Are you in a panic over your essay exam? Does the thought of writing under pressure make you squirm? Don't panic, for there are advantages to the essay exam that you probably don't realize.
In a written essay, a teacher can give you partial credit if you know some of the material, whereas with a multiple-choice or objective test the answer is either right or wrong. There is usually no possible way to receive partial credit in answering the question. The same can be said for science tests, in which long calculations and explanations are part of the question. If the question can only be answered by choosing from answer choices, the student can't get partial credit for answering some of it correctly.
You needn't dread the essay exam, but you do need to prepare for it. The key to the essay exam is to include enough pertinent details about the topic in order to receive the most credit possible for the question, without rambling or going off topic. The following are steps you can take in your preparation for the essay exam.
ESSAY EXAM: KEY PREPARATION STRATEGIES
1. Keep up on your reading and coursework. Though most college students will try it, few succeed at cramming for tests. It simply isn't possible to learn so much information in such a short period of time. Preparing for the test is much easier if you have been learning it over time.
2. Answer review questions. These might be found at the end of each chapter of your text or in a study guide. Find out if there is a study guide available for your textbook. Professors often receive them free from the publisher with their copy of the text and are more than willing to put them on reserve for you in the library. When you're writing the review questions, think about how you would structure a response to these questions under a test situation. Write out an outline, like you would write a paper, and then follow it through to answer the question.
3. Analyze major themes and ideas. Ask yourself: What are the main ideas or themes to this section of the course? Many professors organize their courses logically, dividing the semester into sections for teaching and testing purposes. Reviewing your course syllabus and noting this type of organization might help you to understand just what the professor is trying to get you to learn during this portion of the course.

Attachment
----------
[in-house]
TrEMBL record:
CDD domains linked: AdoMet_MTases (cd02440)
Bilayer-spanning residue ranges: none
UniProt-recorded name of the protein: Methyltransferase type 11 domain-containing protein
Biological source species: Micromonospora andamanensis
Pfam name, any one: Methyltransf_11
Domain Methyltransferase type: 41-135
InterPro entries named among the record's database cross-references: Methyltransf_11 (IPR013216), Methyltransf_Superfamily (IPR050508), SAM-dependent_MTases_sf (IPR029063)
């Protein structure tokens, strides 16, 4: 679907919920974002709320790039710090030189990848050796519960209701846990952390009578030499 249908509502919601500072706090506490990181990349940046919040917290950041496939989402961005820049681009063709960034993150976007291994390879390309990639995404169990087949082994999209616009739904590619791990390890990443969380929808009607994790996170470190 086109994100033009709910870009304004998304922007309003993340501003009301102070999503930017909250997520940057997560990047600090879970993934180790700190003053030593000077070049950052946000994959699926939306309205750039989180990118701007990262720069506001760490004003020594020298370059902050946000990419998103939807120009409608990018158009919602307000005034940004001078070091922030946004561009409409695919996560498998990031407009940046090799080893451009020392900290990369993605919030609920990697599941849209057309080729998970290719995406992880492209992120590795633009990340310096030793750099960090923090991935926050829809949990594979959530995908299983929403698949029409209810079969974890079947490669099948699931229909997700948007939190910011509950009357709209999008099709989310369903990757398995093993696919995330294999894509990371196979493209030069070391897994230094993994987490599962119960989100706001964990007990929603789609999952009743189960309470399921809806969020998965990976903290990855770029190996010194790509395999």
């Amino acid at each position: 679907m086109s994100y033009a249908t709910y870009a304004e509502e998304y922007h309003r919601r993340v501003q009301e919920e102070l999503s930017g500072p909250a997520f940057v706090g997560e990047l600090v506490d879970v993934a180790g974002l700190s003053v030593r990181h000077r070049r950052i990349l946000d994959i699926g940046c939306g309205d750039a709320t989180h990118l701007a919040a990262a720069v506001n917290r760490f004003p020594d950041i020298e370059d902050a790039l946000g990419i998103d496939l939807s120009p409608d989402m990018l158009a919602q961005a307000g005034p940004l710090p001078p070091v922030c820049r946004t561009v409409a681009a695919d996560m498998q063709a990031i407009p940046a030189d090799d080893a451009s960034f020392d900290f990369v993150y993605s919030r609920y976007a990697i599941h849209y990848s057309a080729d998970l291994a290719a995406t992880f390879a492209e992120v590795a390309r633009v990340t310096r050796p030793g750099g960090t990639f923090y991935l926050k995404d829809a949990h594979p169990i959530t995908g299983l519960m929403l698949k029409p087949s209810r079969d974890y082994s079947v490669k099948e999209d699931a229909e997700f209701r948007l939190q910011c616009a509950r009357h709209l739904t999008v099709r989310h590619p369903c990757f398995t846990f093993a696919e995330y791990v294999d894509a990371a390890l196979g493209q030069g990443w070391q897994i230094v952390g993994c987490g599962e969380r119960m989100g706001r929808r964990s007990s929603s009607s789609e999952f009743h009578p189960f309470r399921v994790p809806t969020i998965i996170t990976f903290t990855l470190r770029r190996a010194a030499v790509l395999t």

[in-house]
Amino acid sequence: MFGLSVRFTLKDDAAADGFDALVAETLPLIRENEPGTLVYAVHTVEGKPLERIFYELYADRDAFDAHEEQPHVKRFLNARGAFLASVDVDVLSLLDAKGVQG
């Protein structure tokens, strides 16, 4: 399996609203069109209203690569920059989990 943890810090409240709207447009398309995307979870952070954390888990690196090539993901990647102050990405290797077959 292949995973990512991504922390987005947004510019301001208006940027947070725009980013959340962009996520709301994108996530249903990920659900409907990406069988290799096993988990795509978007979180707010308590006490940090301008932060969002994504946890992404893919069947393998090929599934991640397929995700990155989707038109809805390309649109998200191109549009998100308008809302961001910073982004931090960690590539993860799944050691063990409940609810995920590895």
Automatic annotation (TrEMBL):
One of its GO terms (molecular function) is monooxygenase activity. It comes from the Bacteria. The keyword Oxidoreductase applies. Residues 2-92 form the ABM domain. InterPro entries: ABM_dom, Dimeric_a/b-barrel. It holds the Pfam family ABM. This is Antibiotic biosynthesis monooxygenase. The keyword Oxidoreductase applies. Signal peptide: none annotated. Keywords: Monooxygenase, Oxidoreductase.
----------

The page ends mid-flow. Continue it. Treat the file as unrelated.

4. Practice writing. Make up some questions about the themes and concepts and practice answering them. Try to duplicate the exam situation as much as possible by setting aside time when you will not be interrupted or distracted. Do not allow yourself any notes or information, and try to write like you will on the test. If you get stuck, simply write yourself a note to go back and review that section. Practicing writing is probably the best preparation you can give yourself, after learning the material.
5. Finally, it never hurts to ask your professor for sample questions, examples that are similar to how he/she might test you. Most professors understand that each teacher is different and will appreciate your concern and desire to do well in his/her class. Tell your professor what you have been doing to prepare and ask for suggestions. Just don't expect them to hand you the actual questions or tell you what is on the test.
6. Get enough rest, relax, and be confident in your preparation! A positive attitude can go a long way.